Located at the end of Westwood Road, facing Central Street in the Spring Hill neighborhood of Somerville is the gorgeous Somerville Museum (Somerville Historical Society). The Museum building is a two-story Federal Revival building, executed in red brick, with brick quoins at its
corners. The front façade has an enclosed pediment, with a circular window in the middle. The centrally placed double entry doors on Central Street are surmounted by a fanlight with interlaced mullions and has a Federal Revival pedimented surround.

In 1897, a group of businessmen, religious, social, cultural, educational and municipal leaders came together to found the Somerville Historical Society with many of these founding members were descendants of the original settlers. Between 1925 and 1929, the building was built as place for the members to meet and organize their artifacts and library. Designed by George Loring and William Dykeman, the building is a very well-preserved example of the Federal Revival style.

Russell Jennings Manufacturing Company Offices // 1906

The Russell Jennings Manufacturing Company was created by Russell Jennings (1800-1888), a Reverend from Deep River who later invented (and patented) the first extension drill bit in America. Seeing the opportunity for wealth and a future for his family, he began a company which manufactured the tools. He quit the church and became an inventor, quickly growing his family business from the ground up.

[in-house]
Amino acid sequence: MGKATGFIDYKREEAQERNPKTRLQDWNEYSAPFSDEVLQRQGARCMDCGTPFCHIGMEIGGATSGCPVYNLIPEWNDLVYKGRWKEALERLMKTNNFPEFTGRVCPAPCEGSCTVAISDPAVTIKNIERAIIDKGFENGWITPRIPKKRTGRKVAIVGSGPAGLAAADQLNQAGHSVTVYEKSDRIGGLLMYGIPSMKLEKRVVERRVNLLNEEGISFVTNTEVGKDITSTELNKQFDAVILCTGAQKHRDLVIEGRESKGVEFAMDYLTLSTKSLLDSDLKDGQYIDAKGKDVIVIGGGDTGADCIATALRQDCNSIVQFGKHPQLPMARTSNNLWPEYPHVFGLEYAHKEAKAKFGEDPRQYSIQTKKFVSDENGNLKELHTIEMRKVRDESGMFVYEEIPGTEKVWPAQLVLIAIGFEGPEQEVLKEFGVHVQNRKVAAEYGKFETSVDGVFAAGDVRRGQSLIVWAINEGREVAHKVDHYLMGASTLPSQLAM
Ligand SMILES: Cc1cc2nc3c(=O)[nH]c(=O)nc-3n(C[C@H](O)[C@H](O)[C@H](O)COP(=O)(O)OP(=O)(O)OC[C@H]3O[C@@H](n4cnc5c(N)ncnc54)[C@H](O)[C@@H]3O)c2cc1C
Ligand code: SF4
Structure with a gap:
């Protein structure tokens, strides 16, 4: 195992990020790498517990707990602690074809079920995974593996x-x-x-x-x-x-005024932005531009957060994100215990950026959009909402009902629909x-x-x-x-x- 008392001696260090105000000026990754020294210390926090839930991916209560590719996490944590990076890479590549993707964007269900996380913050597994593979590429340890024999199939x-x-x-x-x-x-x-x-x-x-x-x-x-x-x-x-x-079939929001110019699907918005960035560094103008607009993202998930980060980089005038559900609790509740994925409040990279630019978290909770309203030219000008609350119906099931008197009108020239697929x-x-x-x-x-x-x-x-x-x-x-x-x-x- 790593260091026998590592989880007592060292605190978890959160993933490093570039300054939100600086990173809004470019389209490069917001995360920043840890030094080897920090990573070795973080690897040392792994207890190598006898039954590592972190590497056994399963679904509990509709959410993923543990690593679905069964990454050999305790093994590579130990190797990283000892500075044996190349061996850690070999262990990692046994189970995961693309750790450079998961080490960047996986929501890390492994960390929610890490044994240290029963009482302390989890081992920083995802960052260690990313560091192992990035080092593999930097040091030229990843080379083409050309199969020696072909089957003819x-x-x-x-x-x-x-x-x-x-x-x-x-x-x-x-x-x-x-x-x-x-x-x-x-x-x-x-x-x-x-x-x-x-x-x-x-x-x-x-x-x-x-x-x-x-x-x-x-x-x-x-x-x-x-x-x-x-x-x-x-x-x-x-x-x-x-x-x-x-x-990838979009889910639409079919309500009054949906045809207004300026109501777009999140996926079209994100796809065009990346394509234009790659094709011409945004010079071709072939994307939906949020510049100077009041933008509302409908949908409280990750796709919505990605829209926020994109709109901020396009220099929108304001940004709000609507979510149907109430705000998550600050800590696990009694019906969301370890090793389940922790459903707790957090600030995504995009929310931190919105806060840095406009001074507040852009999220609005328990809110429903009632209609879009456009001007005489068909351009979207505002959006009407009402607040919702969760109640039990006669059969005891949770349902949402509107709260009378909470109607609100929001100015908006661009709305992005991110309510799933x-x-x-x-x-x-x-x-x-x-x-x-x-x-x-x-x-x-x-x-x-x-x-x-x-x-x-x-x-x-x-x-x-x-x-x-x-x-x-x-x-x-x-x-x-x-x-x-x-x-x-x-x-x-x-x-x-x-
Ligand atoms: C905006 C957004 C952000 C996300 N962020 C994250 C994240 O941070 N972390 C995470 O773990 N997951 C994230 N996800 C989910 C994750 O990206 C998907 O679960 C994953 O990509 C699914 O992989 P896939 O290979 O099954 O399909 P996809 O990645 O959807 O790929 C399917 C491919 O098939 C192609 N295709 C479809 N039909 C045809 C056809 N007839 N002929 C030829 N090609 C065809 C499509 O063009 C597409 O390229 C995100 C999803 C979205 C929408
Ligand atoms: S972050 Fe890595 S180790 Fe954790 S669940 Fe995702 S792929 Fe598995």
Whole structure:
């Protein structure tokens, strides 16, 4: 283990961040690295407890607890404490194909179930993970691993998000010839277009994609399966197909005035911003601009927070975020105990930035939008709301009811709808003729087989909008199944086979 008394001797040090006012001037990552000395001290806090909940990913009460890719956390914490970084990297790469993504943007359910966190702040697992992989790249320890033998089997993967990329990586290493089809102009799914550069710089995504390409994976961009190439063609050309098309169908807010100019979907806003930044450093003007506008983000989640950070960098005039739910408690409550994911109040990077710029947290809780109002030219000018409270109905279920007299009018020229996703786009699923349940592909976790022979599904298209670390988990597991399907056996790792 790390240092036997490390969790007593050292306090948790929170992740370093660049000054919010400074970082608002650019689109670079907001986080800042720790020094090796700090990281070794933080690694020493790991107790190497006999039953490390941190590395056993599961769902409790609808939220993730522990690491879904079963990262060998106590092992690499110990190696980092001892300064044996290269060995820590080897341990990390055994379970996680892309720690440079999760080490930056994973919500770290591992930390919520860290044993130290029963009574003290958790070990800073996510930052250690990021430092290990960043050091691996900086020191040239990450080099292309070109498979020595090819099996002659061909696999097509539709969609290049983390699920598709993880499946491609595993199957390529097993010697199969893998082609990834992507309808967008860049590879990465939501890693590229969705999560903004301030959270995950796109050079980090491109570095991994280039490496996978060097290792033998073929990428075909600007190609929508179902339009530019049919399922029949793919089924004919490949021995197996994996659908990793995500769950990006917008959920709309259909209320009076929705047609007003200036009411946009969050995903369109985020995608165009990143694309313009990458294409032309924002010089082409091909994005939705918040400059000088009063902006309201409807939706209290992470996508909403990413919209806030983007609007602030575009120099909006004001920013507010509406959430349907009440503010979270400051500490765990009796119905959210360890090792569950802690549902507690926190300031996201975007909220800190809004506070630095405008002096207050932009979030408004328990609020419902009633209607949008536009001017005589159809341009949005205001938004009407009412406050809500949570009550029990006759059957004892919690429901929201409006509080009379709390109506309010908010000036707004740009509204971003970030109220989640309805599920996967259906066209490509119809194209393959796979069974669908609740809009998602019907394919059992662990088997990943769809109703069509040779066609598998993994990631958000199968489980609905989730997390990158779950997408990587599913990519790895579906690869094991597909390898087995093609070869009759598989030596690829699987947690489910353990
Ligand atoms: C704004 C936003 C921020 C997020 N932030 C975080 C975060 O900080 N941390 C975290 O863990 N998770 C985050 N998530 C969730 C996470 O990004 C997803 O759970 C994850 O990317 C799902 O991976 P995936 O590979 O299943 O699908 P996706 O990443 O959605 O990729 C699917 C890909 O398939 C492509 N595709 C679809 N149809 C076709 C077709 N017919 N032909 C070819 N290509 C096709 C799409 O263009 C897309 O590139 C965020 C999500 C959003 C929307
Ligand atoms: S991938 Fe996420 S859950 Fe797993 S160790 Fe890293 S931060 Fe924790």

The auger bits were manufactured in a facility in Deep River and shipped all over the world, with the Connecticut River and rail lines providing easy transportation of their product. The business continued after Jennings’ death in 1888 and began to evolve, creating new tools. The business continued and grew, requiring a new facility.

The company moved north to Chester, CT and had a brick office building made in the Federal Revival style in 1906, shortly after their new tool handle was patented and production began. The 30’x50′ building is two stories and appears much like when it was built over a century ago. The first floor housed the company offices, shipping, and stock rooms and on the second floor, the director’s office and packing rooms.

The company was bought by Stanley Works by 1944, and the building was sold. It was occupied by a couple industrial companies, including Old Town Corporation until a fire gutted the building in 1976. It was vacant for years after. It appears that the building has been converted to residential use.